The Iraq war in dollars and lives
More than seven years have passed since George Bush Jr. declared an end to major combat missions in Iraq in front of a big “mission accomplished” banner aboard the USS Abraham Lincoln. In that speech, Bush said “The battle of Iraq is one victory in a war on terror that began on September 11, 2001.” It didn’t take long for most people to realize the validity of that entire statement (like the war itself) was false.
Last week was Barack Obama’s turn. In a national televised address he formally brought an end to US combat operations in Iraq and proclaimed it was time for America “to turn the page.” Not once did he mention victory and rightfully so.
In the seven years and 165 days since the start of Operation Iraqi Freedom, Americans have seen a million and a half servicemen enter Iraq with more than forty-four hundred leaving in a flag draped coffin. More than thirty thousand men and women returned home wounded or missing limbs and tens of thousands more have enjoyed their homecoming with post traumatic stress disorder or other illnesses brought on by chemical weapons used such as white phosphorous.
In financial terms, the war was predicted by the Bush administration to cost about fifty to sixty billion dollars in 2003…they were a little off. Up until Obama’s speech, economists say that the cost for the American tax payer was an estimated three trillion dollars (accounting for both government expenses and the war’s broader impact on the U.S. economy). Let me repeat that a little louder so you can grasp the notion of THREE TRILLION DOLLARS! That’s a number three followed by twelve zeros! Imagine what could have been done with that money; give every American an electric car, send everyone to college for free, solve world hunger… cure cancer?
Obviously the real cost of the conflict was the price that Iraqis paid themselves, mostly with their lives. At least a hundred thousand Iraqi lives have been lost, but experts and household polls put the number of excess Iraqi deaths from half a million to 1.2 million. They have no estimate of how many Iraqis have been wounded or fallen ill from chemicals or their weakened infrastructure, but you can be sure it’s rather high. There have also been at least two million Iraqis that have been displaced, many going to Jordan and Syria for safety.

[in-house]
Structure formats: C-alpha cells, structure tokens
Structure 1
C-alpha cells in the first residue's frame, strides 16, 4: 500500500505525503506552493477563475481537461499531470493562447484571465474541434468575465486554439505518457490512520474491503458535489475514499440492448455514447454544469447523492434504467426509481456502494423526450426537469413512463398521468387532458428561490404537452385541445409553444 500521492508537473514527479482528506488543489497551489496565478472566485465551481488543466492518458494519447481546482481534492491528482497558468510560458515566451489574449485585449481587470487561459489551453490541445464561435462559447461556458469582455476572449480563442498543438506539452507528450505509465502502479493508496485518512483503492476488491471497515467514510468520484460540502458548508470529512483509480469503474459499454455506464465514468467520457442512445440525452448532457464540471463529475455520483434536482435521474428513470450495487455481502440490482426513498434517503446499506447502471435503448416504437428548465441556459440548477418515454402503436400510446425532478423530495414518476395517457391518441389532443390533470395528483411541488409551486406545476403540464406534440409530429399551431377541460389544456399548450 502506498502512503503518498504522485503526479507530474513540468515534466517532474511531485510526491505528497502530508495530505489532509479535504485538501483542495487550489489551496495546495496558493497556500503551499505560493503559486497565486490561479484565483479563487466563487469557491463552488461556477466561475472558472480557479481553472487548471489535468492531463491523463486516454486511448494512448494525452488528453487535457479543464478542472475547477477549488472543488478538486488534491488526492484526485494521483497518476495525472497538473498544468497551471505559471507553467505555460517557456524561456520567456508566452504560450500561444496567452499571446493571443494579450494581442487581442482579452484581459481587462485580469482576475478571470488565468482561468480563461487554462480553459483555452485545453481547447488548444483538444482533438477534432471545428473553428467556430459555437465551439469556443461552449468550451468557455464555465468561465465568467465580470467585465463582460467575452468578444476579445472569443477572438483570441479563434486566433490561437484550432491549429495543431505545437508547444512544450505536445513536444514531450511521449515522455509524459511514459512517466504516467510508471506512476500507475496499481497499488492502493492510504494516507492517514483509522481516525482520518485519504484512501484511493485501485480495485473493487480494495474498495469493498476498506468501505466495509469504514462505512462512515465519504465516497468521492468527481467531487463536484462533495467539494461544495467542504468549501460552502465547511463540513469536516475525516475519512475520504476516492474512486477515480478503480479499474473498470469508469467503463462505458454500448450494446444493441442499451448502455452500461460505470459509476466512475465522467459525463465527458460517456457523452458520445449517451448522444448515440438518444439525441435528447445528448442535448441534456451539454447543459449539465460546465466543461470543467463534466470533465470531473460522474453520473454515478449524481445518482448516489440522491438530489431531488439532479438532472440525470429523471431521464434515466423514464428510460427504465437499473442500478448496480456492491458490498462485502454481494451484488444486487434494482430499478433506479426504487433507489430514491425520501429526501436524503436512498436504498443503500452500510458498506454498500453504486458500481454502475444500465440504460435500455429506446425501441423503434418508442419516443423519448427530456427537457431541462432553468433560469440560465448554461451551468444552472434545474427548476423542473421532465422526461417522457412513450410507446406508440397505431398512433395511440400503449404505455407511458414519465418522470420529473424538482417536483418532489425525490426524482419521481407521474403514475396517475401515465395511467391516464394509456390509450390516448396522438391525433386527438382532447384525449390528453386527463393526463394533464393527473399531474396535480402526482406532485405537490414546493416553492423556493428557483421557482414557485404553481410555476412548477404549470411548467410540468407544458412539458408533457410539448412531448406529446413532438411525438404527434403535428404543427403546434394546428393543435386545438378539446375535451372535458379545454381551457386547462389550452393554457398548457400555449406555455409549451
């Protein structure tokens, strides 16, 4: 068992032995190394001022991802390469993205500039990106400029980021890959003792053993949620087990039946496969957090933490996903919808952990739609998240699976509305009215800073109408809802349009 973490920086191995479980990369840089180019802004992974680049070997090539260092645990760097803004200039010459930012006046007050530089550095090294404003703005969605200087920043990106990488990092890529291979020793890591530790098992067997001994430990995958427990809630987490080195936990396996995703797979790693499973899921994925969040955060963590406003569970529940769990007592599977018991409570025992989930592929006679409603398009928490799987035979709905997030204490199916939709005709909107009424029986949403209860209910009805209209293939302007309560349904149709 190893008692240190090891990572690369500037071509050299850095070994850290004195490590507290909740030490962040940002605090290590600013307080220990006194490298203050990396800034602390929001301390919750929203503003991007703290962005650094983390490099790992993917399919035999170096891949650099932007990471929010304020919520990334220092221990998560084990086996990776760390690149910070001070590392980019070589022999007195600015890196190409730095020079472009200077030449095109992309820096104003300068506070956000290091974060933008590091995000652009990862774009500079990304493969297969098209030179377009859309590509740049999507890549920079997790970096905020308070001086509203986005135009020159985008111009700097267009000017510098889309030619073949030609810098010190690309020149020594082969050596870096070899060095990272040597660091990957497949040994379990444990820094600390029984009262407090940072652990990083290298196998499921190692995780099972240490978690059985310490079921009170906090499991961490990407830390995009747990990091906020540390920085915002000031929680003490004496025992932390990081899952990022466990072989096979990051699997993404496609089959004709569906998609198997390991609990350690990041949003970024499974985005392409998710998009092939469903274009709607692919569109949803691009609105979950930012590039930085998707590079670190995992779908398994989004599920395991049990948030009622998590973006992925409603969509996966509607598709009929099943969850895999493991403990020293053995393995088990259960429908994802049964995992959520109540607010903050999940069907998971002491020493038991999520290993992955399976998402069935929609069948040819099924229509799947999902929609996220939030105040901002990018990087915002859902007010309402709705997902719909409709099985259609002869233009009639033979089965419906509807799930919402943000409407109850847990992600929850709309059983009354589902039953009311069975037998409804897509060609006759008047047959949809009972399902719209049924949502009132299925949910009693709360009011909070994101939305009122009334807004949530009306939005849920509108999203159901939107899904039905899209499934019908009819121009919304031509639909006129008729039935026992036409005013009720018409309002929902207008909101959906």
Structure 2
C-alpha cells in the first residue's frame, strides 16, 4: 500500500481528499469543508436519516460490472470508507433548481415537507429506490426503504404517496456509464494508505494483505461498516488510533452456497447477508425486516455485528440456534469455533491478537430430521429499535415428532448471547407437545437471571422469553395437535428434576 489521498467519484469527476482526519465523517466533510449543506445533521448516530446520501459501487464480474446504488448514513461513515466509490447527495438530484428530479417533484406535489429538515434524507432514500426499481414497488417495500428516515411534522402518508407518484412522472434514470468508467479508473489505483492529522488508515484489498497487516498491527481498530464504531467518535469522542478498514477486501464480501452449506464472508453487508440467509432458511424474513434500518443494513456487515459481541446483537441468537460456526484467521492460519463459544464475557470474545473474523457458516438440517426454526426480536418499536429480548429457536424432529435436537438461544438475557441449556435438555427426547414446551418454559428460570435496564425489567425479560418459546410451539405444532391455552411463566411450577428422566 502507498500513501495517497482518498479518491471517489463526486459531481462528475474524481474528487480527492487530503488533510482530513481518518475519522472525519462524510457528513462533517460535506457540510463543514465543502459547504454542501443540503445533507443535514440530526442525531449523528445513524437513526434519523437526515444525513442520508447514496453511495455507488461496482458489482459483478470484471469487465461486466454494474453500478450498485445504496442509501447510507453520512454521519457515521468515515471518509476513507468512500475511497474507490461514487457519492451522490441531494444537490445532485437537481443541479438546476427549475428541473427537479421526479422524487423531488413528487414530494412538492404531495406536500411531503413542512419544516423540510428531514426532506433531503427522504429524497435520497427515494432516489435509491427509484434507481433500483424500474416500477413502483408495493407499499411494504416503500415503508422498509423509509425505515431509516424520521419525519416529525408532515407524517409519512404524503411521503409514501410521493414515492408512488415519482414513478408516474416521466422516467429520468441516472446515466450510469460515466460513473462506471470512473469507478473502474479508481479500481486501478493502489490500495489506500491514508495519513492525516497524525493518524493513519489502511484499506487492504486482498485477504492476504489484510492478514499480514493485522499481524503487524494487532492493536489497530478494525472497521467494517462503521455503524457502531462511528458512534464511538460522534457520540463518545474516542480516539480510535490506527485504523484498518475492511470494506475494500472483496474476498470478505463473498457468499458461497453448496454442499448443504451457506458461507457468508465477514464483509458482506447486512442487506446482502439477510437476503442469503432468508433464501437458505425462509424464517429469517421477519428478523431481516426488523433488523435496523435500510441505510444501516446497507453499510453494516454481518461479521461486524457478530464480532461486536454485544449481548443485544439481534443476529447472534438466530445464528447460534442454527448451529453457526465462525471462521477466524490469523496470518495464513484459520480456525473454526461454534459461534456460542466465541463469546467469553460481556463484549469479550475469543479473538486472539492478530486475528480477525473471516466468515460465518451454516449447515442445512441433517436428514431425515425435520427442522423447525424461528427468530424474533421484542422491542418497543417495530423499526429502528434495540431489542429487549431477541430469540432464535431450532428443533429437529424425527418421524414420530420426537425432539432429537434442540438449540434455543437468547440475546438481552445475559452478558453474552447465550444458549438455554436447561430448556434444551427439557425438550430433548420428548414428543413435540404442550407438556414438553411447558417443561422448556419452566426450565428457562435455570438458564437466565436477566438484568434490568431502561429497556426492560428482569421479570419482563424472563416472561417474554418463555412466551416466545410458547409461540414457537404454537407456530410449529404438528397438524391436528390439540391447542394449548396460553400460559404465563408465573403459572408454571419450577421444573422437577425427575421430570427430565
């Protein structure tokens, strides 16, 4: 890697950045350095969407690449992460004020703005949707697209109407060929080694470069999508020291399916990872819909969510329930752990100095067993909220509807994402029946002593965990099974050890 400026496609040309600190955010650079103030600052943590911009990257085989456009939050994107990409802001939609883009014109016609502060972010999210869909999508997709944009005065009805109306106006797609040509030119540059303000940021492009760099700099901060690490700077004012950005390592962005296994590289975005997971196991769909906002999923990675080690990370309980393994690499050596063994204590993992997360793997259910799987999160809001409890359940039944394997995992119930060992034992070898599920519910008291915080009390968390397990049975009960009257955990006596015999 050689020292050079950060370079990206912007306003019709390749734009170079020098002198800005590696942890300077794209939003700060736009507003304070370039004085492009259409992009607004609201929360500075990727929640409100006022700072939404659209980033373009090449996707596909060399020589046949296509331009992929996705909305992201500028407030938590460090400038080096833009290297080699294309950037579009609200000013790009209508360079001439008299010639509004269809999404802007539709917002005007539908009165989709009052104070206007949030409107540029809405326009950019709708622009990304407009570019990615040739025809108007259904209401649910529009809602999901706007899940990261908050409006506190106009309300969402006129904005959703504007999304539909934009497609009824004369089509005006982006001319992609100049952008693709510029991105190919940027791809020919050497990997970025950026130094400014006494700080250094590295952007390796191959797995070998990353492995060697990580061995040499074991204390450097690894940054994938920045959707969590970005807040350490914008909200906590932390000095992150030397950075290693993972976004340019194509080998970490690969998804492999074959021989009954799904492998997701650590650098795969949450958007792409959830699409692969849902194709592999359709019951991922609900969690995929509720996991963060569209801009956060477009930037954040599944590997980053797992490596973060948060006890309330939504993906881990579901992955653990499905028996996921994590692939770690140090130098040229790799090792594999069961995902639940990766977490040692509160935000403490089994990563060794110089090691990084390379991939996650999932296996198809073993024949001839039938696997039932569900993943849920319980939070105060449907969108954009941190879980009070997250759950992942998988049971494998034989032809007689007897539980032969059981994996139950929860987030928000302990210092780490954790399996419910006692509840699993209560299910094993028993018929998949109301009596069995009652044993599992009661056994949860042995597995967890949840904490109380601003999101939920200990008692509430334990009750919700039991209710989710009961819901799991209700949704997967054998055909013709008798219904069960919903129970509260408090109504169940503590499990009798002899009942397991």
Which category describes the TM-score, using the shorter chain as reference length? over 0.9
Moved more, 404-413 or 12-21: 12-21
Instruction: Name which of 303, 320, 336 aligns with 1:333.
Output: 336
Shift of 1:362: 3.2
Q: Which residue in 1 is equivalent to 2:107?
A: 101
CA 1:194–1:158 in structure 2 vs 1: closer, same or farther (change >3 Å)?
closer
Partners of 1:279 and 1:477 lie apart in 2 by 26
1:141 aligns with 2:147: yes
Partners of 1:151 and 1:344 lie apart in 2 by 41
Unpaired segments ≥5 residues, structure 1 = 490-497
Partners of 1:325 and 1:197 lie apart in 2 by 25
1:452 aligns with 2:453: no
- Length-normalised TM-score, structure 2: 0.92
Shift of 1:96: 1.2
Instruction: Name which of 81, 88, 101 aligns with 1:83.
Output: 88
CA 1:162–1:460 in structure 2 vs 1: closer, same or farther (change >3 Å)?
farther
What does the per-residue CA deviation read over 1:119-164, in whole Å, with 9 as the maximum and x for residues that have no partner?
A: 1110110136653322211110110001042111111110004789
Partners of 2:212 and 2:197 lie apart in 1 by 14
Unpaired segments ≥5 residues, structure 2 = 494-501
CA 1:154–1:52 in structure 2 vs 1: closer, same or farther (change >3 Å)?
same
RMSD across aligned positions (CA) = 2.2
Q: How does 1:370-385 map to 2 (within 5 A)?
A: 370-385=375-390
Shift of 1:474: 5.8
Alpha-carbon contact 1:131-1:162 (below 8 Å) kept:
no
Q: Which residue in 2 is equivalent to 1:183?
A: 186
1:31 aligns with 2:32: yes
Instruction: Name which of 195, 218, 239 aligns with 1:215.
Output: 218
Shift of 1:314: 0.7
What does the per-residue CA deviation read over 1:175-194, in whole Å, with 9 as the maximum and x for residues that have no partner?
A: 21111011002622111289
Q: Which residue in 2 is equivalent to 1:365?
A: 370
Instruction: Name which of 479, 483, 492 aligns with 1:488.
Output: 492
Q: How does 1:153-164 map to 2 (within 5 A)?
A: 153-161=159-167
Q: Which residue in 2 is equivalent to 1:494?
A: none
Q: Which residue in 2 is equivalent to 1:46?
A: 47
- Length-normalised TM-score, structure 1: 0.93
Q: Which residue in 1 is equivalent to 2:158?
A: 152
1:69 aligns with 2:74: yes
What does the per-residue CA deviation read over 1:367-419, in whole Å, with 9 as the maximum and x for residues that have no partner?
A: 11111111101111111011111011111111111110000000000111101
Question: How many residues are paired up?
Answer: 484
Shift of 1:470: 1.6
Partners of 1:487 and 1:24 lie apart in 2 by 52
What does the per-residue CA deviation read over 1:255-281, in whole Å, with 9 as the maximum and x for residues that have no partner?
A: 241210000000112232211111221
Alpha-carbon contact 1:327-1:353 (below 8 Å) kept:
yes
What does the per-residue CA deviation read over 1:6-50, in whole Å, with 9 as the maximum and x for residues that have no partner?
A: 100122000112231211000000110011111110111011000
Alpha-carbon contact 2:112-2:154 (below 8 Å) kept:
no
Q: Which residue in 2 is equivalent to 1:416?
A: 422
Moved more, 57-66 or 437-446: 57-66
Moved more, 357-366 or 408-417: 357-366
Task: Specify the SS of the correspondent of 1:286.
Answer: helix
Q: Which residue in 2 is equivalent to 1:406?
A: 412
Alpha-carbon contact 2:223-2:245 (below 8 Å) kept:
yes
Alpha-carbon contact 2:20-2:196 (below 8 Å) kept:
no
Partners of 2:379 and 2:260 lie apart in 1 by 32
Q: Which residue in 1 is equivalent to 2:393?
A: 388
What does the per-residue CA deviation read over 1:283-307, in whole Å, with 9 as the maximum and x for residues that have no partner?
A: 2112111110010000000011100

In the lead up to the invasion, Americans were given several reasons for going to war; the first case was that Saddam Hussein had connections to 9/11, but the most notorious of grounds was the fear of Saddam Hussein having weapons of mass destruction. That same fear was repeated daily, culminating with Colin Powell’s infamous presentation at the UN general assembly. When both of those rationales proved to be false, the new basis for the invasion was quickly changed to “overthrow of Saddam Hussein for the good of the Iraqi people”.
Little did anyone know at the time, but it turned out that Iraq was better off with the Stalinist Saddam Hussein at the helm. During Saddam’s 35 year rule, the Iraqi deaths caused by Saddam’s regime amounted to a maximum of six hundred thousand, excluding those lost in his American funded war with Iran. As many Iraqis have said “at least our power stayed on back then.”
Now that this war is officially over and there is relative peace, it remains to be seen how long it will last. There are still just under fifty thousand US troops remaining in the country to train and assist the Iraqi military. In the eyes of militants and insurgents, fifty thousand troops can be seen as fifty thousand targets and if there is another breakout of sectarian violence, Americans can easily find themselves back where they started, much like Afghanistan.
At least this time Barack Obama unlike his predecessor chose his words carefully.